In her own words and those of other artists, Orli explains her outlook.
"The good news is that, since almost no one will be selling art, artists – especially emerging ones – won’t have to think about turning out a consistent style or creating a brand. They'll be able to experiment as much as they want." Jerry Saltz
I enjoy the challenge of the puzzle and determining how to convert inspiration into a practical piece of jewelry that tells a story and represents a meaning. Inspiration is random. Therefore, creation may also be random.
I don’t want to reject inspiration because I don’t want to deny the ability to pursue interesting ideas. Restriction simply for the sake of consistent branding just isn’t worth it. I see my inspiration through to completion, which results in diversity across my work. I invite you to be intrigued, rather than thrown, by this diversity, which allows me to create something for everyone.
"Good work ain't cheap. Cheap work ain't good." Sailor Jerry
It’s much easier to claim that something is handmade than it is to actually make it by hand. The industry accepts labeling work as hand-made even if most of its components are pre-assembled. For example, if a designer spends a few minutes attaching a clasp or adding an extra stone to something that’s mostly pre-assembled, then that jewelry could be called hand-crafted or hand-made.
My prices are high because I’m a jeweler, not just a jewelry designer, and my work is hand-made. Seriously. This means that I bring my ideas into existence rather than drawing them on a piece of paper to hand off to a factory for manufacture. I subscribe to the original definition of handiwork; my work is made by hand. If you’re interested in a unique combination of artistry, skill, and innovation that results in unique, one-of-a-kind, accept-no-substitutes work, then you have arrived.
"The really good idea is always traceable back quite a long way, often to a not-very-good idea which sparked off another idea that was only slightly better, which somebody else misunderstood in such a way that they then said something which was really rather interesting." John Cleese
Art doesn’t always start out as something artistic. It usually starts out as a concept that you might be tempted to ignore until you actually start thinking about it. Eventually, it leads you to something awesome, but not before you just finished an extremely convoluted journey to get there. That convoluted journey is one of my favorite aspects of doing creative work.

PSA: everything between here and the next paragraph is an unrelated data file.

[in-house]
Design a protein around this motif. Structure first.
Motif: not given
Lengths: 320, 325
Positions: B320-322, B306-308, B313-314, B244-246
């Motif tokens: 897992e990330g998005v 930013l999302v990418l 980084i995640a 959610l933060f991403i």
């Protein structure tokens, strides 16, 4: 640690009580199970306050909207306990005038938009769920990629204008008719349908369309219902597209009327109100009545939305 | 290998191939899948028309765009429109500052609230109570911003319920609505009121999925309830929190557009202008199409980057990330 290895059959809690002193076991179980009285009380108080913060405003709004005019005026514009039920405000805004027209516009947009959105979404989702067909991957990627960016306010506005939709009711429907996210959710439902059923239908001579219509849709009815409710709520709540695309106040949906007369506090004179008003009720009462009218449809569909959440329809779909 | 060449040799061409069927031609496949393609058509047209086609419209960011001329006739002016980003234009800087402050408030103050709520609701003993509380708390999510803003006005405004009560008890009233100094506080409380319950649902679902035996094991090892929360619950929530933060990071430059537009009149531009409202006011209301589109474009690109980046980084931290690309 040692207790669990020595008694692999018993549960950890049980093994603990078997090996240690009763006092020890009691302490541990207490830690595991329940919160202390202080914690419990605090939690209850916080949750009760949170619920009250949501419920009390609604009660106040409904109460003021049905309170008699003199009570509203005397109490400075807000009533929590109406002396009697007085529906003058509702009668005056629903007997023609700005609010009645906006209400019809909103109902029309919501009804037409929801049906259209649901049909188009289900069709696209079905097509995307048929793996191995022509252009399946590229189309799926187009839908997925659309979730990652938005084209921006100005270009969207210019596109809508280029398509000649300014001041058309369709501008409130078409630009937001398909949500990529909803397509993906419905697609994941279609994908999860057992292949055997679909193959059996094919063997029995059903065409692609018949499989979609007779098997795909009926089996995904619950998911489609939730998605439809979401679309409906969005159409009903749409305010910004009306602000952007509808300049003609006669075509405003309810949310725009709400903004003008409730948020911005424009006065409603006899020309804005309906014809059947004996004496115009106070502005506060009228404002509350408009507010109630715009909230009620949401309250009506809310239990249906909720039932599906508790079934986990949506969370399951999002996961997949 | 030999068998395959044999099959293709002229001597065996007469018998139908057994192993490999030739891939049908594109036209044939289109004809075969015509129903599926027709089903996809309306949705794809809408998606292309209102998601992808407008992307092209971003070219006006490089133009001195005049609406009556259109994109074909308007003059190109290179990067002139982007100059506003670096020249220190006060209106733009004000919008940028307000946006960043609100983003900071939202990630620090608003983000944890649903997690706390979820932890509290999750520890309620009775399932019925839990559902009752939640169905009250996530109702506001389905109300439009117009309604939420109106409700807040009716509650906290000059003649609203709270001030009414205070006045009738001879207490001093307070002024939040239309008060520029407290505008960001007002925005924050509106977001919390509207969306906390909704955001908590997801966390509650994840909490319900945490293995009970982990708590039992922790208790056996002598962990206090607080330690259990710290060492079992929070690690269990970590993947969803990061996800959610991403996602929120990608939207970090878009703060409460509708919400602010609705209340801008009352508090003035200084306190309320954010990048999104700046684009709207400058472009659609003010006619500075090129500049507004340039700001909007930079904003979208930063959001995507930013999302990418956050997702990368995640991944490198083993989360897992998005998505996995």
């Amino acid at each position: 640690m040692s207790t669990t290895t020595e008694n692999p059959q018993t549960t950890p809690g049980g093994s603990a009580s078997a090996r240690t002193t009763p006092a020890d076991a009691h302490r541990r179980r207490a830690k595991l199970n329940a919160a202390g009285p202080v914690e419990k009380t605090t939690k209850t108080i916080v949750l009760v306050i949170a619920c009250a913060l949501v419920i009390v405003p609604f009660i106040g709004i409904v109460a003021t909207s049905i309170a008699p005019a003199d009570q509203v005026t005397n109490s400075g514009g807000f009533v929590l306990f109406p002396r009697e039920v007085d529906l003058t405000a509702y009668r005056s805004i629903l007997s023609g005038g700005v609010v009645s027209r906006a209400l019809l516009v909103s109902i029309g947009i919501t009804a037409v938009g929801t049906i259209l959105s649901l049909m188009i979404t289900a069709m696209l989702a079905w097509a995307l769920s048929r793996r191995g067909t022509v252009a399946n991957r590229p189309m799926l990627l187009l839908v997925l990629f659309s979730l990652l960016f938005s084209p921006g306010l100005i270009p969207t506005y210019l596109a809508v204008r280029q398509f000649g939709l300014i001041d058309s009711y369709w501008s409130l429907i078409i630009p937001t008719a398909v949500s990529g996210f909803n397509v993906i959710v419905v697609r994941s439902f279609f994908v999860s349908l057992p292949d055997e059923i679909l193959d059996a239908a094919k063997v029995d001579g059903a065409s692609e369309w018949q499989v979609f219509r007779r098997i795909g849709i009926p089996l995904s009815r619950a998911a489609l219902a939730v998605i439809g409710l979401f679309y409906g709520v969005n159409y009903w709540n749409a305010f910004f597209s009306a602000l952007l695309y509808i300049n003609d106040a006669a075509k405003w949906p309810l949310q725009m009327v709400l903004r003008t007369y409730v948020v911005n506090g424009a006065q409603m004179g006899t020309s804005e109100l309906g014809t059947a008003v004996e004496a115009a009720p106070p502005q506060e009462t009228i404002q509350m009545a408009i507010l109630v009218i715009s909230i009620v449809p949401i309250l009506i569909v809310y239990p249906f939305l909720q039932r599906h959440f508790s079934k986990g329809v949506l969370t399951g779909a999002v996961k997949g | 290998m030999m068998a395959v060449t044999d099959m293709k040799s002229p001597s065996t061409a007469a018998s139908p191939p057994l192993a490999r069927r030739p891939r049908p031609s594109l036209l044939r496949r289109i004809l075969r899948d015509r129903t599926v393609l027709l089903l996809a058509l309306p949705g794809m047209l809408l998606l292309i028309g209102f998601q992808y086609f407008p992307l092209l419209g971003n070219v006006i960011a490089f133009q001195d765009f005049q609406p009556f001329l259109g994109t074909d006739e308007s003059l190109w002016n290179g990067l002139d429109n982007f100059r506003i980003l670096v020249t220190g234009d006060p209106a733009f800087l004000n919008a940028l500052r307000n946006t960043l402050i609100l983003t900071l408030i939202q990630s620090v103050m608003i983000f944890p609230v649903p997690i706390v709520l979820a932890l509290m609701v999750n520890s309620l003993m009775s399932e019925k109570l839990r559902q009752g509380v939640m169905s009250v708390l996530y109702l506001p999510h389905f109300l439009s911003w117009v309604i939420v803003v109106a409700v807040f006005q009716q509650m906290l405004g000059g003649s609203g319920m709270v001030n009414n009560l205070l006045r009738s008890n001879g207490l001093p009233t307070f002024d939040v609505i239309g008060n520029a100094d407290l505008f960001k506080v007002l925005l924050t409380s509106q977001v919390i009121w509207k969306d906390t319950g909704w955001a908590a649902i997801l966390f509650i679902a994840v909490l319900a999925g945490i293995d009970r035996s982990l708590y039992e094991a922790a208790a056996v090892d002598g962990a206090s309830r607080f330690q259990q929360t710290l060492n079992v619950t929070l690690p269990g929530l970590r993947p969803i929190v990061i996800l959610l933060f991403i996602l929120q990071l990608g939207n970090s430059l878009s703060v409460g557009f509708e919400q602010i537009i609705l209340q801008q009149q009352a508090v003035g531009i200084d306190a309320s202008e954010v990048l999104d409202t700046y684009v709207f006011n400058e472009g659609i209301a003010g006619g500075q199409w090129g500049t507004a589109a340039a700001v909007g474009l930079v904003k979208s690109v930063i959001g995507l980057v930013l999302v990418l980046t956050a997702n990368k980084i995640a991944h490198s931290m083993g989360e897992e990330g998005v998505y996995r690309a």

I think there is a gift is in the journey of investigating an idea that seems totally nonsensical at first. You never know where your own thoughts and observations may lead, and the fun is allowing yourself to go on that wild ride to unlikely corners of your own mind. I like to surprise myself on the long and winding road that leads to something really great.
"I think it's the tension between what seems to be so rigid and cliched and the fact that art really can't be this way." Roy Lichtenstein
Surprises are intriguing, unusual, and extraordinary, and they result in excitement and fascination. They often come about because of unexpected and memorable twists and turns that allow you to uncover something new no matter how many times you revisit it.
I think excitement and fascination are good, so I have a natural tendency to give my jewelry such twists. There’s always something unexpected in my work. I encourage you to spend time with my work; you’ll discover an unusual construction, a unique shape, an intriguing play of surface, texture, color, material, and perhaps all of the above. My jewelry is sometimes simple and sometimes bold, but I strive to ensure that it always has something interesting going on.
"Making art, good art, is always a struggle. It can make you happy when you pull it off. There's no better feeling. It's beauteous, but it's always about hard work and inspiration and sweat and good ideas." Damien Hirst
My creations start as ideas that come from anywhere and everywhere. Then, piece by piece and process by process, they become real. Engaging in any form of creative and artistic expression is a complicated but exhilarating process.
In creating these creations, I draw on a foundation of experience and working knowledge of materials and processes. I use those that align best with my design. This involves everything from searching for just the right stone with just the right color and quality to continually testing the comfort and contours of the finished product. Making art, and making art right, is more gratifying, and more fun, to me than making profit.
"A work of art is the unique result of a unique temperament." Oscar Wilde
All of my work starts out in my head. Eventually, I convert what’s in my head into something tangible. It’s always subject to my convictions regarding standards and quality. Jewelry is a pragmatic investment, so it has to be practical, durable, and comfortable in addition to being unusual, special, and fantastical.
I wouldn’t feel good or right allowing my work held to anything but the highest standards of quality, artistry, and craftsmanship. When you invest in my work, you acquire a unique piece that’s been checked, double-checked, triple-checked, and then checked some more. I wouldn’t allow you to receive anything less than my personal best.
Orli is a proud member of the Society of North American Goldsmiths and the Manufacturing Jewelers and Suppliers of America.